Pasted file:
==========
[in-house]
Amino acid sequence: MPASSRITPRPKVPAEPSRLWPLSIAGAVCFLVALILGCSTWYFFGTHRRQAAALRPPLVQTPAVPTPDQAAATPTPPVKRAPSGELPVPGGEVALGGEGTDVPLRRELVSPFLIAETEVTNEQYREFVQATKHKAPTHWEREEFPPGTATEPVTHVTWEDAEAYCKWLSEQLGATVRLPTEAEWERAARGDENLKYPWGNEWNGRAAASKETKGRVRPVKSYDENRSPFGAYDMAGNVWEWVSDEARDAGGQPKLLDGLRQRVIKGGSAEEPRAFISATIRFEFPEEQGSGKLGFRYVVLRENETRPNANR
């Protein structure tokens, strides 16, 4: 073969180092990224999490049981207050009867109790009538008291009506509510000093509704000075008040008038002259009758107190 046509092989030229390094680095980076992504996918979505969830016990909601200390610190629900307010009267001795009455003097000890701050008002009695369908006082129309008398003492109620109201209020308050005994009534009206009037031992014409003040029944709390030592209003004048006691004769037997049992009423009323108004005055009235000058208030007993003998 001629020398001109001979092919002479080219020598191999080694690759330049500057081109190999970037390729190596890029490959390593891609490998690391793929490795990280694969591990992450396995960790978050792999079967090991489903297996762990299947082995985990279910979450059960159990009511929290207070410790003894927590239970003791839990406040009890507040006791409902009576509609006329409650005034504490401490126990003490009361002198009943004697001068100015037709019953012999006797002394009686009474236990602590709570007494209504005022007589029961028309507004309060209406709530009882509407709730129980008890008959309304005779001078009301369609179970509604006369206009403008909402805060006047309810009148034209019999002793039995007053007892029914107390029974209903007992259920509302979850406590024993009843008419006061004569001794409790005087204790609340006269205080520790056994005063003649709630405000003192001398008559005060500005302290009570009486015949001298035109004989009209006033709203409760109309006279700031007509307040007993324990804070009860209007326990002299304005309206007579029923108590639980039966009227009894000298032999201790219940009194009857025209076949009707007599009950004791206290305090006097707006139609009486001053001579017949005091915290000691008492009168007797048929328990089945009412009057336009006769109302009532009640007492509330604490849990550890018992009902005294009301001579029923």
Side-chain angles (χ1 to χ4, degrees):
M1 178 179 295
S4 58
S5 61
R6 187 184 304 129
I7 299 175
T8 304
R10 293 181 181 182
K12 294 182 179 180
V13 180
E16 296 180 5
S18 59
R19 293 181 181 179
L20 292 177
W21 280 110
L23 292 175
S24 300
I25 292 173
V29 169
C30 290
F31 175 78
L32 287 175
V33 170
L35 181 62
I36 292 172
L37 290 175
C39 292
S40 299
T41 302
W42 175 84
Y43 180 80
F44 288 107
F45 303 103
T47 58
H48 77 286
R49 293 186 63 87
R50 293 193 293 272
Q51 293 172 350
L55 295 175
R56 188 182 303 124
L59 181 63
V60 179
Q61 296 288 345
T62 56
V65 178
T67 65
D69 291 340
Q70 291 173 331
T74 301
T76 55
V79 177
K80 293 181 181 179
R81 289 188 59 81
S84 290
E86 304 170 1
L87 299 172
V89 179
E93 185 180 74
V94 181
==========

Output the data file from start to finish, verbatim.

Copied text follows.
[in-house]
Amino acid sequence: MPASSRITPRPKVPAEPSRLWPLSIAGAVCFLVALILGCSTWYFFGTHRRQAAALRPPLVQTPAVPTPDQAAATPTPPVKRAPSGELPVPGGEVALGGEGTDVPLRRELVSPFLIAETEVTNEQYREFVQATKHKAPTHWEREEFPPGTATEPVTHVTWEDAEAYCKWLSEQLGATVRLPTEAEWERAARGDENLKYPWGNEWNGRAAASKETKGRVRPVKSYDENRSPFGAYDMAGNVWEWVSDEARDAGGQPKLLDGLRQRVIKGGSAEEPRAFISATIRFEFPEEQGSGKLGFRYVVLRENETRPNANR
């Protein structure tokens, strides 16, 4: 073969180092990224999490049981207050009867109790009538008291009506509510000093509704000075008040008038002259009758107190 046509092989030229390094680095980076992504996918979505969830016990909601200390610190629900307010009267001795009455003097000890701050008002009695369908006082129309008398003492109620109201209020308050005994009534009206009037031992014409003040029944709390030592209003004048006691004769037997049992009423009323108004005055009235000058208030007993003998 001629020398001109001979092919002479080219020598191999080694690759330049500057081109190999970037390729190596890029490959390593891609490998690391793929490795990280694969591990992450396995960790978050792999079967090991489903297996762990299947082995985990279910979450059960159990009511929290207070410790003894927590239970003791839990406040009890507040006791409902009576509609006329409650005034504490401490126990003490009361002198009943004697001068100015037709019953012999006797002394009686009474236990602590709570007494209504005022007589029961028309507004309060209406709530009882509407709730129980008890008959309304005779001078009301369609179970509604006369206009403008909402805060006047309810009148034209019999002793039995007053007892029914107390029974209903007992259920509302979850406590024993009843008419006061004569001794409790005087204790609340006269205080520790056994005063003649709630405000003192001398008559005060500005302290009570009486015949001298035109004989009209006033709203409760109309006279700031007509307040007993324990804070009860209007326990002299304005309206007579029923108590639980039966009227009894000298032999201790219940009194009857025209076949009707007599009950004791206290305090006097707006139609009486001053001579017949005091915290000691008492009168007797048929328990089945009412009057336009006769109302009532009640007492509330604490849990550890018992009902005294009301001579029923």
Side-chain angles (χ1 to χ4, degrees):
M1 178 179 295
S4 58
S5 61
R6 187 184 304 129
I7 299 175
T8 304
R10 293 181 181 182
K12 294 182 179 180
V13 180
E16 296 180 5
S18 59
R19 293 181 181 179
L20 292 177
W21 280 110
L23 292 175
S24 300
I25 292 173
V29 169
C30 290
F31 175 78
L32 287 175
V33 170
L35 181 62
I36 292 172
L37 290 175
C39 292
S40 299
T41 302
W42 175 84
Y43 180 80
F44 288 107
F45 303 103
T47 58
H48 77 286
R49 293 186 63 87
R50 293 193 293 272
Q51 293 172 350
L55 295 175
R56 188 182 303 124
L59 181 63
V60 179
Q61 296 288 345
T62 56
V65 178
T67 65
D69 291 340
Q70 291 173 331
T74 301
T76 55
V79 177
K80 293 181 181 179
R81 289 188 59 81
S84 290
E86 304 170 1
L87 299 172
V89 179
E93 185 180 74
V94 181